6. Request a hospital sitter
My husband Joe and I work full time jobs and sometimes, long hours. If you’ve ever had to stay overnight in one of those tiny convertible bed/chairs, try to get some sleep and then attempt to appear refreshed day in and day out, then this one is for you. If your child requires around the clock supervision, ask for a sitter. In addition to the nurse, the sitter is required to stay with your child at the bedside throughout the duration of their shift. Because Maddux has had up to 3 external drainage tubes placed in his brain until he can have shunt surgery, he requires 24/7 supervision so he doesn’t yank out anymore stitches or worse, the entire tube! This service may not be offered at every hospital but it can’t hurt to ask.
7. Don’t take ‘no’ for an answer
An incredibly knowledgeable and helpful RN gave us this advice. Actually, there have been several amazing RNs to give us this advice but in this instance, I felt completely helpless and I had reached a boiling point of frustration. Maddux has a cow’s milk allergy and can only have a very specific type of formula (sold in stores everywhere, by the way). He was hospitalized just weeks prior to his latest stay and was provided the formula he needed. This time around we were given the run around as to why the hospital wouldn’t provide the formula that our son needed. So we ended up bringing it from home to ensure he wasn’t being fed something else that would mess up his system. Long story short, the charge nurse on duty gave me some ridiculous excuse as to why they couldn’t provide my son with this formula. It didn’t seem right to me. So I went up the hospital chain until I got the answer I wanted and wouldn’t you know it, a day later, 3 cans of the correct formula appeared and we haven’t had a problem since.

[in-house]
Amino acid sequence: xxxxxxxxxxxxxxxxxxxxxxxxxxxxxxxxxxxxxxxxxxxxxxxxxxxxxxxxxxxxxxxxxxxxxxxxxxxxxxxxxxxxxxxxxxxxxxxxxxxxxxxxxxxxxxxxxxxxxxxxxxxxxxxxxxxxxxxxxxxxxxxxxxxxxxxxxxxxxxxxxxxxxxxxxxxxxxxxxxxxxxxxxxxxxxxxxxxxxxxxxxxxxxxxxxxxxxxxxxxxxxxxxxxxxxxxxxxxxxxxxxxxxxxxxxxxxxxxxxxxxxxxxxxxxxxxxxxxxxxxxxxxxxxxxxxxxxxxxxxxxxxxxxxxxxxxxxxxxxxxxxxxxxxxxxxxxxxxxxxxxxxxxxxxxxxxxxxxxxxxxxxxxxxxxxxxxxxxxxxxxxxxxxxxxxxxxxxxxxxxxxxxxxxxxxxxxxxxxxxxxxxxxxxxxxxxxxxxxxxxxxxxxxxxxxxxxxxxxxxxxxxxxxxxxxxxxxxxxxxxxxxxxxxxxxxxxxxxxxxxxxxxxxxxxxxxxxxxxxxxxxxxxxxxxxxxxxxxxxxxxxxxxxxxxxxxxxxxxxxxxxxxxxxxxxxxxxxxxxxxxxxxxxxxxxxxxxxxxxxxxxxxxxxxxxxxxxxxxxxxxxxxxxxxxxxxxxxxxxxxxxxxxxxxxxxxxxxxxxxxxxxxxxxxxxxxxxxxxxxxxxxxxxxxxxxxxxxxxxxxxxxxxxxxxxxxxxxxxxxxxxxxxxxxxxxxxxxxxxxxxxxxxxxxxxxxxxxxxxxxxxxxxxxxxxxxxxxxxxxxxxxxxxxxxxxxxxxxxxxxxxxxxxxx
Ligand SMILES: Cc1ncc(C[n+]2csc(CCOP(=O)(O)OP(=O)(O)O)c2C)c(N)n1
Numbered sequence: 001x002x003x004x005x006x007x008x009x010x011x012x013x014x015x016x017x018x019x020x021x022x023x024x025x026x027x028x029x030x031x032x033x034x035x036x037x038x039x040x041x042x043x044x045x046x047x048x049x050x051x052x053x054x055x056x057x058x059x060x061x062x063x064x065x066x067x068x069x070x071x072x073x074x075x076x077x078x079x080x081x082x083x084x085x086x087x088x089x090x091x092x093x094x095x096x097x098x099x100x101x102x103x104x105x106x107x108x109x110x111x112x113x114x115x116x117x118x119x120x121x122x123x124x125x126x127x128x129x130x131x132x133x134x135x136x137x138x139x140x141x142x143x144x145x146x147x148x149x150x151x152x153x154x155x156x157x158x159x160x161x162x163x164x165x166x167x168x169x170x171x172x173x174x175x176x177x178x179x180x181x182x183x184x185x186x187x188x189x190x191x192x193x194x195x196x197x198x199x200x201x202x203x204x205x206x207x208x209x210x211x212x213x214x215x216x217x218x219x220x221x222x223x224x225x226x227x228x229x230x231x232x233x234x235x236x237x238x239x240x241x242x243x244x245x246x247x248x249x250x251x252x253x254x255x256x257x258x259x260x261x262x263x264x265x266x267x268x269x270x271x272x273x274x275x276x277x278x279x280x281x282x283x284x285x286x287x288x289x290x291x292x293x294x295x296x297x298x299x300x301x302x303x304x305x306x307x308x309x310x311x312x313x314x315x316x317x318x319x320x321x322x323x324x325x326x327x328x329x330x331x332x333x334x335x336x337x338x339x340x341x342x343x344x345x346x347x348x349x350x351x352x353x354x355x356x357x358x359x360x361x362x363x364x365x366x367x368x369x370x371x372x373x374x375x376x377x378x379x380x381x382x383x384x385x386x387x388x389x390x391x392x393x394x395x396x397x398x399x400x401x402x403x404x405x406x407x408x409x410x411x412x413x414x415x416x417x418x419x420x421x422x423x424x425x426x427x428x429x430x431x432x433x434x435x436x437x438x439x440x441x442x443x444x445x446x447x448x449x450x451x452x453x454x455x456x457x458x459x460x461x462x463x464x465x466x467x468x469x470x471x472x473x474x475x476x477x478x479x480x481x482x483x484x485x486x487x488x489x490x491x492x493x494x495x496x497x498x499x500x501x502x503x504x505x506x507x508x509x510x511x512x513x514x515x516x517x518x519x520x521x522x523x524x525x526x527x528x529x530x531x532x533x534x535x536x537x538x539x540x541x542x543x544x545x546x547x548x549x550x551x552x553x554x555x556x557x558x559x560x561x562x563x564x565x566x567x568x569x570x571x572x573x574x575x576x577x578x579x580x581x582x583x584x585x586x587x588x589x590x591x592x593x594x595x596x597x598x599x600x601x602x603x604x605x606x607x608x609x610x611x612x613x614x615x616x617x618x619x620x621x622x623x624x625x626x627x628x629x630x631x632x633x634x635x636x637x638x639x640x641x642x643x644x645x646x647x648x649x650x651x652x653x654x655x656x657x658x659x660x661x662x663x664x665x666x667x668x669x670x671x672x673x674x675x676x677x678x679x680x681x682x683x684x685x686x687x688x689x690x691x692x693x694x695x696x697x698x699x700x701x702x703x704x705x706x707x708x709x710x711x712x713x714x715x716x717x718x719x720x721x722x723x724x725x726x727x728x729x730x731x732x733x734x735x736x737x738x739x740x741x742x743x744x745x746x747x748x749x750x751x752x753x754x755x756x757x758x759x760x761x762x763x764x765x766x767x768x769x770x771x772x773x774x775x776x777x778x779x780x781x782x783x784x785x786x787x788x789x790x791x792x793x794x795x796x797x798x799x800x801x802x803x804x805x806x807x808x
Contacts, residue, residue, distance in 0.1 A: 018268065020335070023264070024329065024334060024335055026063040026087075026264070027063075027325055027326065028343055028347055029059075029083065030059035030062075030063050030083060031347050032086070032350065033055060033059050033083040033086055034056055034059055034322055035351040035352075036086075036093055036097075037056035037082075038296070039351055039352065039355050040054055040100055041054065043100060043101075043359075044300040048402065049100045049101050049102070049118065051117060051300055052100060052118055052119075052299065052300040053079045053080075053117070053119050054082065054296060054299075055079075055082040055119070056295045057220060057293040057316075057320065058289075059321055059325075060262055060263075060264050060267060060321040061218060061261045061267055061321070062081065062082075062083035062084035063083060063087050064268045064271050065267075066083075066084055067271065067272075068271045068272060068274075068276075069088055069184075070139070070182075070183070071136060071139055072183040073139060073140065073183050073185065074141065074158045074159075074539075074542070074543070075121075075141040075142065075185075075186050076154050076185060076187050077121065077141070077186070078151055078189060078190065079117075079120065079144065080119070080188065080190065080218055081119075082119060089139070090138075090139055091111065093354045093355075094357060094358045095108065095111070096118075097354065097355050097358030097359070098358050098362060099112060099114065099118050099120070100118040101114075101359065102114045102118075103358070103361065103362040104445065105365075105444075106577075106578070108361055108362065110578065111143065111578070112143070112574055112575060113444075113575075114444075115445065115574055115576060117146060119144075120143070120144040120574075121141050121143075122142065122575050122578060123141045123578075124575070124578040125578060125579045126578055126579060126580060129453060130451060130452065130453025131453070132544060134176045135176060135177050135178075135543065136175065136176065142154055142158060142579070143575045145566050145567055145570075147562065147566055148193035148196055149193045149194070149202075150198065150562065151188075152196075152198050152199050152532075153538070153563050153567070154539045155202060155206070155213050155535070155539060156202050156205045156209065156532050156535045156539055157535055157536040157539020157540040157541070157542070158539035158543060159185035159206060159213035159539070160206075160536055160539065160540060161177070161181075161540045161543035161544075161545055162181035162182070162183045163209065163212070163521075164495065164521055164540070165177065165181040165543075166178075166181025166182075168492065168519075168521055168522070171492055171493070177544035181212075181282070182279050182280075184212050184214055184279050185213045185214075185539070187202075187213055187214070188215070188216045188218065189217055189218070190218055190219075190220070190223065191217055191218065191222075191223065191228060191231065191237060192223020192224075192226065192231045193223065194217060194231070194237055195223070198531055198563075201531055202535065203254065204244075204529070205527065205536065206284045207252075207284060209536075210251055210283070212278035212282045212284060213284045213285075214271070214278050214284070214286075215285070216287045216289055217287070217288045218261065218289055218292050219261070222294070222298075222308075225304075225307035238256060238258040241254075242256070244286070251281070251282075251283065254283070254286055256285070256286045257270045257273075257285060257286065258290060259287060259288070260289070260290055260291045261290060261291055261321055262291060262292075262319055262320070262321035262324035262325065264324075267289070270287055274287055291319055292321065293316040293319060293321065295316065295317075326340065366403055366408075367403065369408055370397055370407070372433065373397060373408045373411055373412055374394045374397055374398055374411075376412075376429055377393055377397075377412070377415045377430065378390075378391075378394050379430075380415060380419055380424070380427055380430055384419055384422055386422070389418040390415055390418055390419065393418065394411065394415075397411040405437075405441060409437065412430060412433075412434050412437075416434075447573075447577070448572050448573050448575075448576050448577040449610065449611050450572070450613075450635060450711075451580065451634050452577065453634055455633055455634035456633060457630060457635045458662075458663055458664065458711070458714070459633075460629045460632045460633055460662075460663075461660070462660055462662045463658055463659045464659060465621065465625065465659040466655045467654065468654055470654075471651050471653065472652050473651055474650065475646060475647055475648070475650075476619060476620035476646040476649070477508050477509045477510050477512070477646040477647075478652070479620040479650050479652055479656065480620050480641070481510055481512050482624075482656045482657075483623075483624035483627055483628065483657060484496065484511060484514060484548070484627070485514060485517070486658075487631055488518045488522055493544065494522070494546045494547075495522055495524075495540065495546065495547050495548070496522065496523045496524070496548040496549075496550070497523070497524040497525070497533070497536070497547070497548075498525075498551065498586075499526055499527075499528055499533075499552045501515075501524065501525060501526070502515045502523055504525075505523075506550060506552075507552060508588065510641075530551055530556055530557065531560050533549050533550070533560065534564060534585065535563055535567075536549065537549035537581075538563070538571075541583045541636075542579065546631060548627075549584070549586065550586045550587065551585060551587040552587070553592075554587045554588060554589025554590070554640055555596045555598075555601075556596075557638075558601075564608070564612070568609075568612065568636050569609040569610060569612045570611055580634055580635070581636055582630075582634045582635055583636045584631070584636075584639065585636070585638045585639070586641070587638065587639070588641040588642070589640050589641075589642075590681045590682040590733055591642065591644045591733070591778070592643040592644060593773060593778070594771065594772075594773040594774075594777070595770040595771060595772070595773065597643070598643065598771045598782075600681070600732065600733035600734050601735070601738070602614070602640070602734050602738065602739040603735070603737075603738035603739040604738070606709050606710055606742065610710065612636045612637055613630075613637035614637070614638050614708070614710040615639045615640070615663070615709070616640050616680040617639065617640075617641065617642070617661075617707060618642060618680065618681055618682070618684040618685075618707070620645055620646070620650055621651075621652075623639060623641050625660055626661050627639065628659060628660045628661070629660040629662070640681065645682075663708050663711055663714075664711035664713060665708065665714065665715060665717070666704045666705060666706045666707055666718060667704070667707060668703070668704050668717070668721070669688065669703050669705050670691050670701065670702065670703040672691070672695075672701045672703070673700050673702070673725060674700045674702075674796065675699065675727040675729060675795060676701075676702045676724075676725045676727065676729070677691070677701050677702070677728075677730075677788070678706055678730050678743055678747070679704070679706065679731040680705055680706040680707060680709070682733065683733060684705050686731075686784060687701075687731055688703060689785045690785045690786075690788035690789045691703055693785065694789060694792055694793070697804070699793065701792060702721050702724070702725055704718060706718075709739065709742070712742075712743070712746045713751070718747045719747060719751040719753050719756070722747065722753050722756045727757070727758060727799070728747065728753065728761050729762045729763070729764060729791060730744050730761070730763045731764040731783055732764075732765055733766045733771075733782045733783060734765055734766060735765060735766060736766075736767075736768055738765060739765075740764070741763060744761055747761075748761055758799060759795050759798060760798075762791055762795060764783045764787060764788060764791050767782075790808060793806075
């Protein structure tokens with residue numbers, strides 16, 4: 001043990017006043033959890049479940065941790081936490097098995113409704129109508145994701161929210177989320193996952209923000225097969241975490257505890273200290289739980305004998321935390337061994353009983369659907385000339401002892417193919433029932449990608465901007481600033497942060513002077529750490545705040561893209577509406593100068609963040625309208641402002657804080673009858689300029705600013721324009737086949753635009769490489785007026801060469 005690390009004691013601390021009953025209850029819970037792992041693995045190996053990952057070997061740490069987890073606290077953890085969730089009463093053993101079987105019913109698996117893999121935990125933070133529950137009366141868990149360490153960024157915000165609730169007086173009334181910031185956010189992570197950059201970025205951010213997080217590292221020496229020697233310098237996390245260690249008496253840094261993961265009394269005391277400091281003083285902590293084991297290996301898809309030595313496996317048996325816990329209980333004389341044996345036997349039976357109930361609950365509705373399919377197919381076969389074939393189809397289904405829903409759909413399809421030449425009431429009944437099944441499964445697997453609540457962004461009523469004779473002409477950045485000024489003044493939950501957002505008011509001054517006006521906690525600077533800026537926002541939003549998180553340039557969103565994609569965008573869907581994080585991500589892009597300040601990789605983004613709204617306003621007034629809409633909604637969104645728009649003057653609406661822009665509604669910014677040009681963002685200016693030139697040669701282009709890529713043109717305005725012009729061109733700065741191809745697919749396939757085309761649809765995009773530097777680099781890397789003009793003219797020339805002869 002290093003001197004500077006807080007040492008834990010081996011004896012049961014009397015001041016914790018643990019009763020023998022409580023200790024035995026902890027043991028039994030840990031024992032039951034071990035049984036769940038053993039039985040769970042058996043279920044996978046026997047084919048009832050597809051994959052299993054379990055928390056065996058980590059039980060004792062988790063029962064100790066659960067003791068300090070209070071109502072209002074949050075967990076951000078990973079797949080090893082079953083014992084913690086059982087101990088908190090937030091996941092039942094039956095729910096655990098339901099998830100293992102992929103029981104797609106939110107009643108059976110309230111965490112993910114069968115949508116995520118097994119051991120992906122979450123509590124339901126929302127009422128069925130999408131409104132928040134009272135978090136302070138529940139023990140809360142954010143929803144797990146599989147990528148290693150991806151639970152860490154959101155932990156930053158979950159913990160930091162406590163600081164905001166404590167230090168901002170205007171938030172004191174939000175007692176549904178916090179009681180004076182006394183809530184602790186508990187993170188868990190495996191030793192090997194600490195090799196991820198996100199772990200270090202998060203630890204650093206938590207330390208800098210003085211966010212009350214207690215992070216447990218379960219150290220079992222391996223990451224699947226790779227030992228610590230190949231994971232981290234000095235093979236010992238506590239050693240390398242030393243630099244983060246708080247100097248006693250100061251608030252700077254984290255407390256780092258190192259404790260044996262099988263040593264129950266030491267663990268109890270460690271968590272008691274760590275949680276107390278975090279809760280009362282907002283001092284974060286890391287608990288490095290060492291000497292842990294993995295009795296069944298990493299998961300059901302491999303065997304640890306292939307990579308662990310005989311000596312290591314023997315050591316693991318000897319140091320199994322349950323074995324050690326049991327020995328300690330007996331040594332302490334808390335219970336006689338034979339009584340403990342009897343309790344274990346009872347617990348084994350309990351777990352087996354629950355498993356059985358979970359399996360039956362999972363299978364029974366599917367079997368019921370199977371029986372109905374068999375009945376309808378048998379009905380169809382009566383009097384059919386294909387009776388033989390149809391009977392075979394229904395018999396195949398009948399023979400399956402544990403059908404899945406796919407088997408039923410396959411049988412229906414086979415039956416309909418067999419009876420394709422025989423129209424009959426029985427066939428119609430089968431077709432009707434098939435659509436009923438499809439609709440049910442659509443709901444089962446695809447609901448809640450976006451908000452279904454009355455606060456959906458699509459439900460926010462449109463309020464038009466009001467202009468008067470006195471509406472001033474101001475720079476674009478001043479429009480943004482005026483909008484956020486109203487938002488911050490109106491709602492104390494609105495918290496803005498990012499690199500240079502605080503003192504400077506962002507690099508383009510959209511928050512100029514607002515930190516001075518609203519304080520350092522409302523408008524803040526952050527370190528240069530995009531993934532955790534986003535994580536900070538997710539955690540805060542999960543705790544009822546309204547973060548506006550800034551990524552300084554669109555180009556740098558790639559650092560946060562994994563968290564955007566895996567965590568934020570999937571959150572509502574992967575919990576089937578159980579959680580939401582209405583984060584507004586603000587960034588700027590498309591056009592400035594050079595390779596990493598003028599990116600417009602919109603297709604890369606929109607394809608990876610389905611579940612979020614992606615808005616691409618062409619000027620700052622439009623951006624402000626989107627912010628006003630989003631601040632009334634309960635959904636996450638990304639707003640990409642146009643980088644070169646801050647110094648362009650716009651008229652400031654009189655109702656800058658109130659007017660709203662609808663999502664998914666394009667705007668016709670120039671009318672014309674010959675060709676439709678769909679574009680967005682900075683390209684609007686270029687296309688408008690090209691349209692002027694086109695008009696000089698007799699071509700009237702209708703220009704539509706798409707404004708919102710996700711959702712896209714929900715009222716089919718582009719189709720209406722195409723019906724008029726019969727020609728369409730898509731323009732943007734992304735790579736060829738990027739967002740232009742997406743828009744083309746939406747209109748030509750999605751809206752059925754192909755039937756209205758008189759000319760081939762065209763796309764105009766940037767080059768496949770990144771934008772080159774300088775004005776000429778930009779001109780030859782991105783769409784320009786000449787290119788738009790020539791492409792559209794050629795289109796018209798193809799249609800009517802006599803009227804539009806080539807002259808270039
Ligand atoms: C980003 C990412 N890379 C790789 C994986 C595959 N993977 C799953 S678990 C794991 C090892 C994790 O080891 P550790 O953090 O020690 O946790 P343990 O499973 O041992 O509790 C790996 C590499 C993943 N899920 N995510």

8. Show your gratitude